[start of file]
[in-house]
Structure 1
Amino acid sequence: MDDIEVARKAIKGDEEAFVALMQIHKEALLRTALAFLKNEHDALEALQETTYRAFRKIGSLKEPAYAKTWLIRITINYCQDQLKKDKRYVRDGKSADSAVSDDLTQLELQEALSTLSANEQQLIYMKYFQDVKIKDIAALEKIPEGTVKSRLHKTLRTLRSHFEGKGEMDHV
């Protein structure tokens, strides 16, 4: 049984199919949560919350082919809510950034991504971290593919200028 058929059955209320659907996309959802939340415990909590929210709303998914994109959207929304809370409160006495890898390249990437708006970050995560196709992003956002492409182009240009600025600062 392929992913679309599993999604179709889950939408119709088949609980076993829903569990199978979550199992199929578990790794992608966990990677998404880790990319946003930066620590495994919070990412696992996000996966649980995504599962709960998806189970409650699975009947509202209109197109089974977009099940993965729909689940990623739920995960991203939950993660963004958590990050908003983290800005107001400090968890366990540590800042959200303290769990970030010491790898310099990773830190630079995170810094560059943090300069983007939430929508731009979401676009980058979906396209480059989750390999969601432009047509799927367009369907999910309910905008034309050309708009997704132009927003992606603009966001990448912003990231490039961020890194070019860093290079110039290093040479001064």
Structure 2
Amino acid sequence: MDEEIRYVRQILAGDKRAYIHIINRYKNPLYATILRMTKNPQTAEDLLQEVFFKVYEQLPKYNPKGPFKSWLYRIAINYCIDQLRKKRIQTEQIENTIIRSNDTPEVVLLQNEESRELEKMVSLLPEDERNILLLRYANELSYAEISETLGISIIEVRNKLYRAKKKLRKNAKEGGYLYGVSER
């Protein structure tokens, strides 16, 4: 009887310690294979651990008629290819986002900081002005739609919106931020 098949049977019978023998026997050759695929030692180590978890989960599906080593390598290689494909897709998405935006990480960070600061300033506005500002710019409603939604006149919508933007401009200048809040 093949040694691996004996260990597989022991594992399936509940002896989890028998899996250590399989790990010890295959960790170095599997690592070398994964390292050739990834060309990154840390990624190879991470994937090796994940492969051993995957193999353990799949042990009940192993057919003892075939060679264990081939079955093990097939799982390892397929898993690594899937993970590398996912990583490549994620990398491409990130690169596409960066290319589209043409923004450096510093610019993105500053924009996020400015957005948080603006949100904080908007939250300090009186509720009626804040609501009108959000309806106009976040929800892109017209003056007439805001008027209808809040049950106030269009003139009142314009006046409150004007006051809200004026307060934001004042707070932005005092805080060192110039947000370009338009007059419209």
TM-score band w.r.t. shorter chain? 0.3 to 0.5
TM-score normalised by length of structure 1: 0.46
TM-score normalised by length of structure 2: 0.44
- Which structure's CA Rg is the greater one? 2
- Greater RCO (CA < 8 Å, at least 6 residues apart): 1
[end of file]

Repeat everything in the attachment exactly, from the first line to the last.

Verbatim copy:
[in-house]
Structure 1
Amino acid sequence: MDDIEVARKAIKGDEEAFVALMQIHKEALLRTALAFLKNEHDALEALQETTYRAFRKIGSLKEPAYAKTWLIRITINYCQDQLKKDKRYVRDGKSADSAVSDDLTQLELQEALSTLSANEQQLIYMKYFQDVKIKDIAALEKIPEGTVKSRLHKTLRTLRSHFEGKGEMDHV
């Protein structure tokens, strides 16, 4: 049984199919949560919350082919809510950034991504971290593919200028 058929059955209320659907996309959802939340415990909590929210709303998914994109959207929304809370409160006495890898390249990437708006970050995560196709992003956002492409182009240009600025600062 392929992913679309599993999604179709889950939408119709088949609980076993829903569990199978979550199992199929578990790794992608966990990677998404880790990319946003930066620590495994919070990412696992996000996966649980995504599962709960998806189970409650699975009947509202209109197109089974977009099940993965729909689940990623739920995960991203939950993660963004958590990050908003983290800005107001400090968890366990540590800042959200303290769990970030010491790898310099990773830190630079995170810094560059943090300069983007939430929508731009979401676009980058979906396209480059989750390999969601432009047509799927367009369907999910309910905008034309050309708009997704132009927003992606603009966001990448912003990231490039961020890194070019860093290079110039290093040479001064």
Structure 2
Amino acid sequence: MDEEIRYVRQILAGDKRAYIHIINRYKNPLYATILRMTKNPQTAEDLLQEVFFKVYEQLPKYNPKGPFKSWLYRIAINYCIDQLRKKRIQTEQIENTIIRSNDTPEVVLLQNEESRELEKMVSLLPEDERNILLLRYANELSYAEISETLGISIIEVRNKLYRAKKKLRKNAKEGGYLYGVSER
């Protein structure tokens, strides 16, 4: 009887310690294979651990008629290819986002900081002005739609919106931020 098949049977019978023998026997050759695929030692180590978890989960599906080593390598290689494909897709998405935006990480960070600061300033506005500002710019409603939604006149919508933007401009200048809040 093949040694691996004996260990597989022991594992399936509940002896989890028998899996250590399989790990010890295959960790170095599997690592070398994964390292050739990834060309990154840390990624190879991470994937090796994940492969051993995957193999353990799949042990009940192993057919003892075939060679264990081939079955093990097939799982390892397929898993690594899937993970590398996912990583490549994620990398491409990130690169596409960066290319589209043409923004450096510093610019993105500053924009996020400015957005948080603006949100904080908007939250300090009186509720009626804040609501009108959000309806106009976040929800892109017209003056007439805001008027209808809040049950106030269009003139009142314009006046409150004007006051809200004026307060934001004042707070932005005092805080060192110039947000370009338009007059419209």
TM-score band w.r.t. shorter chain? 0.3 to 0.5
TM-score normalised by length of structure 1: 0.46
TM-score normalised by length of structure 2: 0.44
- Which structure's CA Rg is the greater one? 2
- Greater RCO (CA < 8 Å, at least 6 residues apart): 1